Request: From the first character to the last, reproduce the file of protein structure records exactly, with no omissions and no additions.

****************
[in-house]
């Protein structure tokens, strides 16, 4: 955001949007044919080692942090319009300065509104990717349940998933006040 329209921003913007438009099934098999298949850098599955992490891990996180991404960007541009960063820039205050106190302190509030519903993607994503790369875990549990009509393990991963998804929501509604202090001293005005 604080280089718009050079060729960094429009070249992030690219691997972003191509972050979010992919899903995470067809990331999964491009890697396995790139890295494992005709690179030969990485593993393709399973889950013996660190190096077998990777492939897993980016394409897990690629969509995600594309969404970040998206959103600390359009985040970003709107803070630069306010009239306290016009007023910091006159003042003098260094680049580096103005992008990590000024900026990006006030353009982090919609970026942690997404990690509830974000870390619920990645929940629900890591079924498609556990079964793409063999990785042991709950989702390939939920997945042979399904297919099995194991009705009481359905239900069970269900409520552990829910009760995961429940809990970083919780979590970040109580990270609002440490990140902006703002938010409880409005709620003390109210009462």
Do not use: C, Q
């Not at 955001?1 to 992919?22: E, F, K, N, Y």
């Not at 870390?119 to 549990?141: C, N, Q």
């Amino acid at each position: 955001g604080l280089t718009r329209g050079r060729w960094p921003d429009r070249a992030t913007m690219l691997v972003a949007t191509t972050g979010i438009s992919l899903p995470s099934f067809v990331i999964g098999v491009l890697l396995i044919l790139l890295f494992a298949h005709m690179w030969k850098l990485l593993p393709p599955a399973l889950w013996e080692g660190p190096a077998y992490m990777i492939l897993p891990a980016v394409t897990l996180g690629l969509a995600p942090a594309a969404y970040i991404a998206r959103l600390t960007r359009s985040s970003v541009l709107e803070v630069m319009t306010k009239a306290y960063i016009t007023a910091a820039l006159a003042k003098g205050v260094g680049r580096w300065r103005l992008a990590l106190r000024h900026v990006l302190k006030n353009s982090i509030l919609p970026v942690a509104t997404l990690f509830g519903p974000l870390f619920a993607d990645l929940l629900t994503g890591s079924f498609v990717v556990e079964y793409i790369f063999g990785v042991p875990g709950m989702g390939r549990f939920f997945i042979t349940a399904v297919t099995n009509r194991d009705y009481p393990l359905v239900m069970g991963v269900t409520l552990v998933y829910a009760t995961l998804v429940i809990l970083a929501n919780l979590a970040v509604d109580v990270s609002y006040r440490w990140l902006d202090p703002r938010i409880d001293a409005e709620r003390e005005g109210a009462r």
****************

[in-house]
């Protein structure tokens, strides 16, 4: 955001949007044919080692942090319009300065509104990717349940998933006040 329209921003913007438009099934098999298949850098599955992490891990996180991404960007541009960063820039205050106190302190509030519903993607994503790369875990549990009509393990991963998804929501509604202090001293005005 604080280089718009050079060729960094429009070249992030690219691997972003191509972050979010992919899903995470067809990331999964491009890697396995790139890295494992005709690179030969990485593993393709399973889950013996660190190096077998990777492939897993980016394409897990690629969509995600594309969404970040998206959103600390359009985040970003709107803070630069306010009239306290016009007023910091006159003042003098260094680049580096103005992008990590000024900026990006006030353009982090919609970026942690997404990690509830974000870390619920990645929940629900890591079924498609556990079964793409063999990785042991709950989702390939939920997945042979399904297919099995194991009705009481359905239900069970269900409520552990829910009760995961429940809990970083919780979590970040109580990270609002440490990140902006703002938010409880409005709620003390109210009462």
Do not use: C, Q
């Not at 955001?1 to 992919?22: E, F, K, N, Y």
């Not at 870390?119 to 549990?141: C, N, Q």
């Amino acid at each position: 955001g604080l280089t718009r329209g050079r060729w960094p921003d429009r070249a992030t913007m690219l691997v972003a949007t191509t972050g979010i438009s992919l899903p995470s099934f067809v990331i999964g098999v491009l890697l396995i044919l790139l890295f494992a298949h005709m690179w030969k850098l990485l593993p393709p599955a399973l889950w013996e080692g660190p190096a077998y992490m990777i492939l897993p891990a980016v394409t897990l996180g690629l969509a995600p942090a594309a969404y970040i991404a998206r959103l600390t960007r359009s985040s970003v541009l709107e803070v630069m319009t306010k009239a306290y960063i016009t007023a910091a820039l006159a003042k003098g205050v260094g680049r580096w300065r103005l992008a990590l106190r000024h900026v990006l302190k006030n353009s982090i509030l919609p970026v942690a509104t997404l990690f509830g519903p974000l870390f619920a993607d990645l929940l629900t994503g890591s079924f498609v990717v556990e079964y793409i790369f063999g990785v042991p875990g709950m989702g390939r549990f939920f997945i042979t349940a399904v297919t099995n009509r194991d009705y009481p393990l359905v239900m069970g991963v269900t409520l552990v998933y829910a009760t995961l998804v429940i809990l970083a929501n919780l979590a970040v509604d109580v990270s609002y006040r440490w990140l902006d202090p703002r938010i409880d001293a409005e709620r003390e005005g109210a009462r």